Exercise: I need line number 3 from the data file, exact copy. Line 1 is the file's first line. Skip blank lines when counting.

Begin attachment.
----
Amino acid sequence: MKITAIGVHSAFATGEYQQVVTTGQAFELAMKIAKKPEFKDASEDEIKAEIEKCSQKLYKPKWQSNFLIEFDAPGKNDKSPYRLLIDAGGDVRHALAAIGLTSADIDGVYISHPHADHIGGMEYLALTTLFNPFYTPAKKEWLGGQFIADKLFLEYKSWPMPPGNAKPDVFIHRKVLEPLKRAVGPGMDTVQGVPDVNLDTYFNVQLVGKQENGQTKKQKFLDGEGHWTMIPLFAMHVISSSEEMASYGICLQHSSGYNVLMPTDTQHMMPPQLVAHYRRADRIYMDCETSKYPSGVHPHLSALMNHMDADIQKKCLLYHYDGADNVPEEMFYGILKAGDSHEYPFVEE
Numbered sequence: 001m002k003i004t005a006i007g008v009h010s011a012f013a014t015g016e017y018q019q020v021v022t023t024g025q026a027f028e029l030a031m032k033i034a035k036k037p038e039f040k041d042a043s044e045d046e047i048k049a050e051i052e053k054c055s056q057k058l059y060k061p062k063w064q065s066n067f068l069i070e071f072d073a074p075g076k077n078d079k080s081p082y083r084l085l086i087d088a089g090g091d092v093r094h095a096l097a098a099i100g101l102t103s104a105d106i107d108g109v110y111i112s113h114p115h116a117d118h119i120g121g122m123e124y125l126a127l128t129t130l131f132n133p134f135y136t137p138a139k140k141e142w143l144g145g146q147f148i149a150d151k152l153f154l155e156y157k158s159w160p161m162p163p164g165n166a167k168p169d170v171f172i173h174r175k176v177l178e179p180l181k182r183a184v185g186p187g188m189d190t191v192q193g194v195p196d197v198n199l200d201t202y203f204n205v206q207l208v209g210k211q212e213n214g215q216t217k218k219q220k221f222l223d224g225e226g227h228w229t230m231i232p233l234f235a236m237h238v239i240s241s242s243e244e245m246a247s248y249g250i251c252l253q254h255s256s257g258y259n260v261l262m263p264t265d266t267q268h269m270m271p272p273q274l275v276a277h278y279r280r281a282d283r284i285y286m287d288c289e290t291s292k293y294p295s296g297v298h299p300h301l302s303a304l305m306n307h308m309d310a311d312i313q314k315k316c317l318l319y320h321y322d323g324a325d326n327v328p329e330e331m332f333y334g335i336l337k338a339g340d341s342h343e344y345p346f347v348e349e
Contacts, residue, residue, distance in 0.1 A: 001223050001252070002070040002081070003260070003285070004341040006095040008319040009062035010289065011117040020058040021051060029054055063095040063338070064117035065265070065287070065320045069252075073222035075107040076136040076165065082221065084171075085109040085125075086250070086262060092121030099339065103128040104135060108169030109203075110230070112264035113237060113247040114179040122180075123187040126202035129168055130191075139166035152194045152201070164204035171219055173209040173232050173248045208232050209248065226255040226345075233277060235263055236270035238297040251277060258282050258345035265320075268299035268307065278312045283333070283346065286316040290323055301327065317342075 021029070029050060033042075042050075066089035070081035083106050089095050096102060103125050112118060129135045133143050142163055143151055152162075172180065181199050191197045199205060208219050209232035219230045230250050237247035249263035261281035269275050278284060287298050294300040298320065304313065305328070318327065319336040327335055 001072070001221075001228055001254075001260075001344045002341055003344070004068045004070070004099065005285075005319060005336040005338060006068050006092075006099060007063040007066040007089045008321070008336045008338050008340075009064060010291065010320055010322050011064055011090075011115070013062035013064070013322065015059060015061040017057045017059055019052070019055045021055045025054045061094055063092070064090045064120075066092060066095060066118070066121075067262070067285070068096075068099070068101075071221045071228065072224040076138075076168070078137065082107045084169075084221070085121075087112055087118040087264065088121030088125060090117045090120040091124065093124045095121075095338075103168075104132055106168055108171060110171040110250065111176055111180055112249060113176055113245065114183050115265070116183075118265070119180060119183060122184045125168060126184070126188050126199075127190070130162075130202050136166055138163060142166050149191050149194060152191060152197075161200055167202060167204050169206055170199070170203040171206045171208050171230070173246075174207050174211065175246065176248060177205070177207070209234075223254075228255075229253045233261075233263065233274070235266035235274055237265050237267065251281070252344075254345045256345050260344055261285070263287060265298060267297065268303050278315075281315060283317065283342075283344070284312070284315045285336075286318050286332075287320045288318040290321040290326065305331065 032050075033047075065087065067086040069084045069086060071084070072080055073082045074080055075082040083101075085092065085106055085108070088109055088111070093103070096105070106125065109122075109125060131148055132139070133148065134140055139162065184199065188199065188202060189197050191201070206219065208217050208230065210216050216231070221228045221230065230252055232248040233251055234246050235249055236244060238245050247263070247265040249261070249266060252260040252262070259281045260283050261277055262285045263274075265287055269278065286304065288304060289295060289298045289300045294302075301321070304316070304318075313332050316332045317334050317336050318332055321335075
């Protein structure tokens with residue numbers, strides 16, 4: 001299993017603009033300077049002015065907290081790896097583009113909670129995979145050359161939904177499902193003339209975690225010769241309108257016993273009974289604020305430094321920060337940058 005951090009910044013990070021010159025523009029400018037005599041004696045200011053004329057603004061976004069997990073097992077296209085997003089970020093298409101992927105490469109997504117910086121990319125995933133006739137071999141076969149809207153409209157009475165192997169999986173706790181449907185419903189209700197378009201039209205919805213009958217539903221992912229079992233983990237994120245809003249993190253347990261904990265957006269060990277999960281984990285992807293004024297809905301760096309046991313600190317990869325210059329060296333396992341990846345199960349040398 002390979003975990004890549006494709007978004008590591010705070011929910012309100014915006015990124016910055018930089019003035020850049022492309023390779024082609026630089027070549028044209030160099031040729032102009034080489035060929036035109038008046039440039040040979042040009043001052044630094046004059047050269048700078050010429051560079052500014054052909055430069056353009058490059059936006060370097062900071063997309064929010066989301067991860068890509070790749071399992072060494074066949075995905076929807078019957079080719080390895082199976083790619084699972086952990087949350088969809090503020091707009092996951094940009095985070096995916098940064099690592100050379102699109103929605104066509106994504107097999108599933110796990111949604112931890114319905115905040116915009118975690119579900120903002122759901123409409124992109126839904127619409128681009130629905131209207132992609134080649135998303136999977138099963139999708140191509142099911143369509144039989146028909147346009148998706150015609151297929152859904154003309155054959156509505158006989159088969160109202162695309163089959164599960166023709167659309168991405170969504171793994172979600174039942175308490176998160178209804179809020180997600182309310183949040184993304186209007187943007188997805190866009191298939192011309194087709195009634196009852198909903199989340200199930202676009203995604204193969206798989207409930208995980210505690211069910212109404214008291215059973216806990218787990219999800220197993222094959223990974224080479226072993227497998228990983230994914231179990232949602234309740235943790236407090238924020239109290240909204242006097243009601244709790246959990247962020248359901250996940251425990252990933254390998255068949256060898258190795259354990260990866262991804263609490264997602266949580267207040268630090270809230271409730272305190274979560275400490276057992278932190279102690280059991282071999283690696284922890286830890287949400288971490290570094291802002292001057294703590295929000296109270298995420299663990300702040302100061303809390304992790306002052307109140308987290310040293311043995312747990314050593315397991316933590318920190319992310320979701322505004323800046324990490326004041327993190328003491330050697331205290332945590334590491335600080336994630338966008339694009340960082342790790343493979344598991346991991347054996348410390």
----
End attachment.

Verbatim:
Contacts, residue, residue, distance in 0.1 A: 001223050001252070002070040002081070003260070003285070004341040006095040008319040009062035010289065011117040020058040021051060029054055063095040063338070064117035065265070065287070065320045069252075073222035075107040076136040076165065082221065084171075085109040085125075086250070086262060092121030099339065103128040104135060108169030109203075110230070112264035113237060113247040114179040122180075123187040126202035129168055130191075139166035152194045152201070164204035171219055173209040173232050173248045208232050209248065226255040226345075233277060235263055236270035238297040251277060258282050258345035265320075268299035268307065278312045283333070283346065286316040290323055301327065317342075 021029070029050060033042075042050075066089035070081035083106050089095050096102060103125050112118060129135045133143050142163055143151055152162075172180065181199050191197045199205060208219050209232035219230045230250050237247035249263035261281035269275050278284060287298050294300040298320065304313065305328070318327065319336040327335055 001072070001221075001228055001254075001260075001344045002341055003344070004068045004070070004099065005285075005319060005336040005338060006068050006092075006099060007063040007066040007089045008321070008336045008338050008340075009064060010291065010320055010322050011064055011090075011115070013062035013064070013322065015059060015061040017057045017059055019052070019055045021055045025054045061094055063092070064090045064120075066092060066095060066118070066121075067262070067285070068096075068099070068101075071221045071228065072224040076138075076168070078137065082107045084169075084221070085121075087112055087118040087264065088121030088125060090117045090120040091124065093124045095121075095338075103168075104132055106168055108171060110171040110250065111176055111180055112249060113176055113245065114183050115265070116183075118265070119180060119183060122184045125168060126184070126188050126199075127190070130162075130202050136166055138163060142166050149191050149194060152191060152197075161200055167202060167204050169206055170199070170203040171206045171208050171230070173246075174207050174211065175246065176248060177205070177207070209234075223254075228255075229253045233261075233263065233274070235266035235274055237265050237267065251281070252344075254345045256345050260344055261285070263287060265298060267297065268303050278315075281315060283317065283342075283344070284312070284315045285336075286318050286332075287320045288318040290321040290326065305331065 032050075033047075065087065067086040069084045069086060071084070072080055073082045074080055075082040083101075085092065085106055085108070088109055088111070093103070096105070106125065109122075109125060131148055132139070133148065134140055139162065184199065188199065188202060189197050191201070206219065208217050208230065210216050216231070221228045221230065230252055232248040233251055234246050235249055236244060238245050247263070247265040249261070249266060252260040252262070259281045260283050261277055262285045263274075265287055269278065286304065288304060289295060289298045289300045294302075301321070304316070304318075313332050316332045317334050317336050318332055321335075